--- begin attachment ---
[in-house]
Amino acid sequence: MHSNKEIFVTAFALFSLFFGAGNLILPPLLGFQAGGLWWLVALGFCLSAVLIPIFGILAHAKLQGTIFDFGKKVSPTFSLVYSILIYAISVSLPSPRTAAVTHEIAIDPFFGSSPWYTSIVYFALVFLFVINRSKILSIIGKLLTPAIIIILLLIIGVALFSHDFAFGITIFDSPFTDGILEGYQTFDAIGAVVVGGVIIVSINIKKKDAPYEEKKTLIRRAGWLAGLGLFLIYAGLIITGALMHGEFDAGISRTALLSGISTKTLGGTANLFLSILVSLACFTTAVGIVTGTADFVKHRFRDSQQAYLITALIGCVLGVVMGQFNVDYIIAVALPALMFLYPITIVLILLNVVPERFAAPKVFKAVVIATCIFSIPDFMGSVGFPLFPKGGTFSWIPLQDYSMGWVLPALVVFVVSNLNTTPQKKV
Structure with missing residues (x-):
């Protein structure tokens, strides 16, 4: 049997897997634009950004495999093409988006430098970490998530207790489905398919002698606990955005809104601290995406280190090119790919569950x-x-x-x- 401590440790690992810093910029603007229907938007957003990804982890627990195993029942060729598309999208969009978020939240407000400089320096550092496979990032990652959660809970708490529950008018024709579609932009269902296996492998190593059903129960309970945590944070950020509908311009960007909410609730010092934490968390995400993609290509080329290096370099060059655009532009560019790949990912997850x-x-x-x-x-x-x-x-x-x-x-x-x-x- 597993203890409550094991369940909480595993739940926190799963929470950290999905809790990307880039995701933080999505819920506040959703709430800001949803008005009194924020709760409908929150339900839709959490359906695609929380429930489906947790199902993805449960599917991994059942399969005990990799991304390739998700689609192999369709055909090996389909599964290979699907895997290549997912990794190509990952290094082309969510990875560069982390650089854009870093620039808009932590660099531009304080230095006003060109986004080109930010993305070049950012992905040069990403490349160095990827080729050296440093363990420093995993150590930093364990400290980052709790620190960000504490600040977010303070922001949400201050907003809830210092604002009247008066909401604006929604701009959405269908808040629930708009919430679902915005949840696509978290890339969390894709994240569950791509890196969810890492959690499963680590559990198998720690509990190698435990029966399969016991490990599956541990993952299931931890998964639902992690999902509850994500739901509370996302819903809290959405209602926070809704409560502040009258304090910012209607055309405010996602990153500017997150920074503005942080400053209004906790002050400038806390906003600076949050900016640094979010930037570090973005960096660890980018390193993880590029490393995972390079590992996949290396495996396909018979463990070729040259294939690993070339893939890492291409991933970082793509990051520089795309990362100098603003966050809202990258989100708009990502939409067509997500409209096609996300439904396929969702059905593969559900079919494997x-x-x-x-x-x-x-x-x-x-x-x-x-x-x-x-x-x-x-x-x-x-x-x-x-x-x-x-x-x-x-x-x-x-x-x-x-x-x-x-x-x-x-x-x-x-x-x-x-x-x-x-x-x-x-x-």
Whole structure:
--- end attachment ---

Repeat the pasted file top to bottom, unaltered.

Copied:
[in-house]
Amino acid sequence: MHSNKEIFVTAFALFSLFFGAGNLILPPLLGFQAGGLWWLVALGFCLSAVLIPIFGILAHAKLQGTIFDFGKKVSPTFSLVYSILIYAISVSLPSPRTAAVTHEIAIDPFFGSSPWYTSIVYFALVFLFVINRSKILSIIGKLLTPAIIIILLLIIGVALFSHDFAFGITIFDSPFTDGILEGYQTFDAIGAVVVGGVIIVSINIKKKDAPYEEKKTLIRRAGWLAGLGLFLIYAGLIITGALMHGEFDAGISRTALLSGISTKTLGGTANLFLSILVSLACFTTAVGIVTGTADFVKHRFRDSQQAYLITALIGCVLGVVMGQFNVDYIIAVALPALMFLYPITIVLILLNVVPERFAAPKVFKAVVIATCIFSIPDFMGSVGFPLFPKGGTFSWIPLQDYSMGWVLPALVVFVVSNLNTTPQKKV
Structure with missing residues (x-):
């Protein structure tokens, strides 16, 4: 049997897997634009950004495999093409988006430098970490998530207790489905398919002698606990955005809104601290995406280190090119790919569950x-x-x-x- 401590440790690992810093910029603007229907938007957003990804982890627990195993029942060729598309999208969009978020939240407000400089320096550092496979990032990652959660809970708490529950008018024709579609932009269902296996492998190593059903129960309970945590944070950020509908311009960007909410609730010092934490968390995400993609290509080329290096370099060059655009532009560019790949990912997850x-x-x-x-x-x-x-x-x-x-x-x-x-x- 597993203890409550094991369940909480595993739940926190799963929470950290999905809790990307880039995701933080999505819920506040959703709430800001949803008005009194924020709760409908929150339900839709959490359906695609929380429930489906947790199902993805449960599917991994059942399969005990990799991304390739998700689609192999369709055909090996389909599964290979699907895997290549997912990794190509990952290094082309969510990875560069982390650089854009870093620039808009932590660099531009304080230095006003060109986004080109930010993305070049950012992905040069990403490349160095990827080729050296440093363990420093995993150590930093364990400290980052709790620190960000504490600040977010303070922001949400201050907003809830210092604002009247008066909401604006929604701009959405269908808040629930708009919430679902915005949840696509978290890339969390894709994240569950791509890196969810890492959690499963680590559990198998720690509990190698435990029966399969016991490990599956541990993952299931931890998964639902992690999902509850994500739901509370996302819903809290959405209602926070809704409560502040009258304090910012209607055309405010996602990153500017997150920074503005942080400053209004906790002050400038806390906003600076949050900016640094979010930037570090973005960096660890980018390193993880590029490393995972390079590992996949290396495996396909018979463990070729040259294939690993070339893939890492291409991933970082793509990051520089795309990362100098603003966050809202990258989100708009990502939409067509997500409209096609996300439904396929969702059905593969559900079919494997x-x-x-x-x-x-x-x-x-x-x-x-x-x-x-x-x-x-x-x-x-x-x-x-x-x-x-x-x-x-x-x-x-x-x-x-x-x-x-x-x-x-x-x-x-x-x-x-x-x-x-x-x-x-x-x-």
Whole structure: